To legally register a limited liability company (LLC) at the state level you must file articles of organization. It’s one of the most important steps in the formation of an LLC.
After you file your articles of organization your company is bound by the state laws under which your LLC was formed. The articles outline vital information such as the purpose of your LLC, its members, and further key details depending on the state you file in.
Therefore it’s safe to say you need to get it right. So in this guide, we’ll take you through everything you need to know about filing articles of organization.
The Easy Parts of Filing Articles of Organization
In some states, the process of filing articles of organization is straightforward. They have online forms you can use to input all of the right information. This means you don’t have to worry about leaving out anything important.
Furthermore, some of the processes you need to carry out to file articles of organization sound more complex than they actually are. For instance, one thing you’ll need to do is appoint a registered agent. This is just a fancy way of saying a person the state or public can contact about any legal or official matters.
Another good thing about filing articles of organization is that it serves to register your business name. So you don’t need to file a separate form.
The Difficult Parts of Filing Articles of Organization
What’s required when you file articles of organization depends on the state in which you form the LLC. As mentioned above, sometimes it’s a straightforward process. But, in some cases, you have to create articles of organization from scratch.
This of course means careful research as to what your state requires of you, more paperwork, and perhaps even getting an attorney on board to make sure you do everything by the book.
There will also likely be extra steps you need to carry out to maintain your LLC, such as filing an annual report. Staying on top of these elements can be a hassle. What’s more, if you miss a deadline, you may be charged a fee.
If you’re concerned about late fees, legal fees, and compliance, you can seek out the help of a business formation service. We put together a detailed guide on the best business formation services to help you choose a service that meets your needs.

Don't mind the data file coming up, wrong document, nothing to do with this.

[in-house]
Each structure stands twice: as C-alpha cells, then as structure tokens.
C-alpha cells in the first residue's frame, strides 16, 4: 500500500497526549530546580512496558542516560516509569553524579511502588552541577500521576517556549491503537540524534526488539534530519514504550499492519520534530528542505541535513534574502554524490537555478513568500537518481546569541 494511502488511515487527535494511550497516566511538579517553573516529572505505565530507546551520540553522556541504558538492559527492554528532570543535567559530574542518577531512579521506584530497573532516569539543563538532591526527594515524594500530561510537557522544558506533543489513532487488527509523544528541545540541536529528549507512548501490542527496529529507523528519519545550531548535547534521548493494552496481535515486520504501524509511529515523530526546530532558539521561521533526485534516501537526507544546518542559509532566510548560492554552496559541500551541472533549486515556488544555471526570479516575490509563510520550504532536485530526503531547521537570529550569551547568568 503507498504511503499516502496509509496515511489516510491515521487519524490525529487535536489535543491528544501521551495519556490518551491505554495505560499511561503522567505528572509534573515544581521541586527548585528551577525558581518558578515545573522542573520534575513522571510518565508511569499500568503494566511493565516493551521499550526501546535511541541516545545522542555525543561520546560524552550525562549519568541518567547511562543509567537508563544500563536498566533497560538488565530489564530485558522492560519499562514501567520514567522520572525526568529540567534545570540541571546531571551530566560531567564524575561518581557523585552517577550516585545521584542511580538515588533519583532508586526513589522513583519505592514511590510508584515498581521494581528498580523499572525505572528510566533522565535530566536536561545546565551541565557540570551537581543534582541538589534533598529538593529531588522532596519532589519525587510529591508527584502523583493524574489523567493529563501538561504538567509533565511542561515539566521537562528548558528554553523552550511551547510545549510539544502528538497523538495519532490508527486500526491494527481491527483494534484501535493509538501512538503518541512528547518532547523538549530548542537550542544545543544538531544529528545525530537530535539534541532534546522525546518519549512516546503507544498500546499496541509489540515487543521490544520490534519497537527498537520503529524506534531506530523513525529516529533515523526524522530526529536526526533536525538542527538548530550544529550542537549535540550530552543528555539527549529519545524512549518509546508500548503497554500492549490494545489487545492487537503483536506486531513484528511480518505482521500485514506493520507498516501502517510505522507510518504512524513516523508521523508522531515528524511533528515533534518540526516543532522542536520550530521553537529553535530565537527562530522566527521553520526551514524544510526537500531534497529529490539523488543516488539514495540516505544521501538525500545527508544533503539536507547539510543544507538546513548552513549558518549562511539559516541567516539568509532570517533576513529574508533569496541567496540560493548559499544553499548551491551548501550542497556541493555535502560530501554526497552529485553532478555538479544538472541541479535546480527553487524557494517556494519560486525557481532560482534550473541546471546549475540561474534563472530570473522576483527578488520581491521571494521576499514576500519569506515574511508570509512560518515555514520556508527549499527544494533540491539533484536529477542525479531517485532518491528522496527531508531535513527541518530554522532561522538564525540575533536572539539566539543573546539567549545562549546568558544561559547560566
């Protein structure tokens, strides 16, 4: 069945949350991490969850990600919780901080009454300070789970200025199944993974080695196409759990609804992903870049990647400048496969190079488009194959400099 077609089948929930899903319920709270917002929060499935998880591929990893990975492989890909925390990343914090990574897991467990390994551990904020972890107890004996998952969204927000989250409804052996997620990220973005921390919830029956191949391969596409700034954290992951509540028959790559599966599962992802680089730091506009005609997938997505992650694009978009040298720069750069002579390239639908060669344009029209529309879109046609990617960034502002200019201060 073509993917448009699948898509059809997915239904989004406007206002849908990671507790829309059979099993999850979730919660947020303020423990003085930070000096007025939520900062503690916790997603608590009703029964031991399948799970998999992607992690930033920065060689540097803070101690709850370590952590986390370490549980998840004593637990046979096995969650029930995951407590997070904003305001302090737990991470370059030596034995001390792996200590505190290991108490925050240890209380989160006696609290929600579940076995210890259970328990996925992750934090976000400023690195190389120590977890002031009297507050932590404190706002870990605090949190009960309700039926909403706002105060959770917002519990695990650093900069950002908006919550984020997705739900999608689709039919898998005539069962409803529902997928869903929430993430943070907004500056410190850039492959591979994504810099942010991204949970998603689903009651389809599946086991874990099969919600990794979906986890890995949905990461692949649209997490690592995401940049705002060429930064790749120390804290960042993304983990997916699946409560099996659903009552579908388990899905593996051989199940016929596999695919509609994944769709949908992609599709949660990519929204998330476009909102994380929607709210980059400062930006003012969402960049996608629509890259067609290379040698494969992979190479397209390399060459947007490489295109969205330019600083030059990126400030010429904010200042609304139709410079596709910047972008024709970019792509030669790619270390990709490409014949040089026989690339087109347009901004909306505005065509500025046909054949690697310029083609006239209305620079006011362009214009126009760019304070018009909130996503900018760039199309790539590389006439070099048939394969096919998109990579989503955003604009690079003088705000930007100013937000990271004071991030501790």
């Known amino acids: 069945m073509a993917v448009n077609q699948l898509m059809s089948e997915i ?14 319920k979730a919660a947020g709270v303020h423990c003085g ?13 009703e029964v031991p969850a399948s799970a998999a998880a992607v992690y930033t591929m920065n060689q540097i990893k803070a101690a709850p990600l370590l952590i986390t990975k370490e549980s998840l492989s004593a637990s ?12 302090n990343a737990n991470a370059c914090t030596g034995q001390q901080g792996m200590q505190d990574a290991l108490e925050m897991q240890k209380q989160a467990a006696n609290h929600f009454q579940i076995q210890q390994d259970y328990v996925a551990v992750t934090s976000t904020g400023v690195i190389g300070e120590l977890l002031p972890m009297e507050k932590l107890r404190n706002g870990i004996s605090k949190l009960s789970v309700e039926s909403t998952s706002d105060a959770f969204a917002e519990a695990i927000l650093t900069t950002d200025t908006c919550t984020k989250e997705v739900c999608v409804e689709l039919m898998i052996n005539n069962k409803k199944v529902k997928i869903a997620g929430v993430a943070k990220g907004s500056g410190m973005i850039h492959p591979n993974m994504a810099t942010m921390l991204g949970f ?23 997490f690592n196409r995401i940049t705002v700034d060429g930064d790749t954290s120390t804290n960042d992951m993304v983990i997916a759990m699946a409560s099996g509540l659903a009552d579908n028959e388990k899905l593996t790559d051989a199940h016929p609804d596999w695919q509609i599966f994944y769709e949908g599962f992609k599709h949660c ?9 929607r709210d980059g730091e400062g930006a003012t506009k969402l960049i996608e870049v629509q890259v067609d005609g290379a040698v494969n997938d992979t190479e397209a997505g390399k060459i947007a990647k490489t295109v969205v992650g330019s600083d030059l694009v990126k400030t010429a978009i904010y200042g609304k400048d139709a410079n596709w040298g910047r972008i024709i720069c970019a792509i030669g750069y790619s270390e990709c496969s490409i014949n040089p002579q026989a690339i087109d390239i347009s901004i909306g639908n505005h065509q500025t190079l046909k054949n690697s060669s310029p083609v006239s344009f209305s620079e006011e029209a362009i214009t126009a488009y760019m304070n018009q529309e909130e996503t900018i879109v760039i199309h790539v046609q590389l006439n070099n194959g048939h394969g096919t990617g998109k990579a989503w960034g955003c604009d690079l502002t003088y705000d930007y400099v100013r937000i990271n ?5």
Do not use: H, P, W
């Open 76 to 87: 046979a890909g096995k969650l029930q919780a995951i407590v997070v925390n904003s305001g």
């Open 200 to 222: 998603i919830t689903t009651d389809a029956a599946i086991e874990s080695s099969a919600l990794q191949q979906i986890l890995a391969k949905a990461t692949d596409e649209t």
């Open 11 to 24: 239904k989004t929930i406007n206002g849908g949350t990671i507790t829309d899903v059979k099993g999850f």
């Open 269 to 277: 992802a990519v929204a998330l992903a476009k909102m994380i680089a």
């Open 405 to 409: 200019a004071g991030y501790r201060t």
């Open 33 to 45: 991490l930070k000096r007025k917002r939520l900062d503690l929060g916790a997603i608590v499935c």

In this case, you’ll want a company that offers LLC services, such as ZenBusiness.
For just $49 per year (plus state filing fees), they’ll file your articles of organization, take care of annual reports, and create an operating agreement.
Their more advanced packages can even help you expedite the process and include further key services, such as federal tax registration.
Step 1: Prepare to File Articles of Organization
Before you file your articles of organization, you’ll need to do some research and preparation.
Then when it comes to filing you have everything ready and are less likely to make mistakes that require amendments down the line.
Find Out Your State’s Requirements
Some aspects of filing articles of organization vary from state to state. Therefore, it’s important you visit your Secretary of State or business filing agency’s website and carefully research what’s required.
In certain states, these documents even have another name. In Alabama, Maine, New Hampshire, and others they’re known as a certificate of formation, and in Connecticut, Massachusetts, and others they’re known as a certificate of organization.
The way you file your articles of organization might differ from other areas. Some states require you to create articles of organization from scratch, while others have a ready-made form for you to fill out. New York state, for example, has a simple two-page template you can use:
The filing fee also varies from state to state but should be somewhere between $50 and $200.
Furthermore, all states require similar basic information as part of the articles of organization. Yet, some states require certain extras such as the names and addresses of LLC members.
Gather the Required Information
It’s a good idea to gather the information you need to file in your state in advance.
First, you’ll need to choose your business name. Note that it must end with “LLC”, “L.L.C”, or “Limited Liability Company”.
Before filing your application you must check that there isn’t another LLC operating under the same name. The business filing agency website for most states has an online tool you can use to carry out your search.
Here’s an example from the Department of Licensing and Regulatory Affairs for Michigan:
Furthermore, you must provide the address of the LLC, as well as your registered agent’s details which we’ll talk about in just a moment. Note that the address must be the principal place of business rather than a PO box.
Another piece of information your articles of organization should include is the effective start date of the LLC. Some states will give you the option of choosing your own start date or making it the date when the filing is accepted.
Depending on your state, you may need to provide details of the organizers of the LLC, i.e. those filing the articles of organization.
Also, you need to know whether you’ll file as a professional LLC or not. Certain states may have separate forms for licensed professionals that own an LLC, such as dentists, accountants, or lawyers, etc.
Appoint a Registered Agent
Including the name and address of your registered agent, sometimes known as a resident agent, is mandatory. The registered agent is simply the contact for any official or legal matters.
You or another member of the LLC can be named as the registered agent if you have a registered business address. Alternatively, you can appoint your business attorney as the registered agent. It’s also worth noting that many business formation services offer a registered agent service.
If at any point your registered agent changes then you need to inform the filing agency.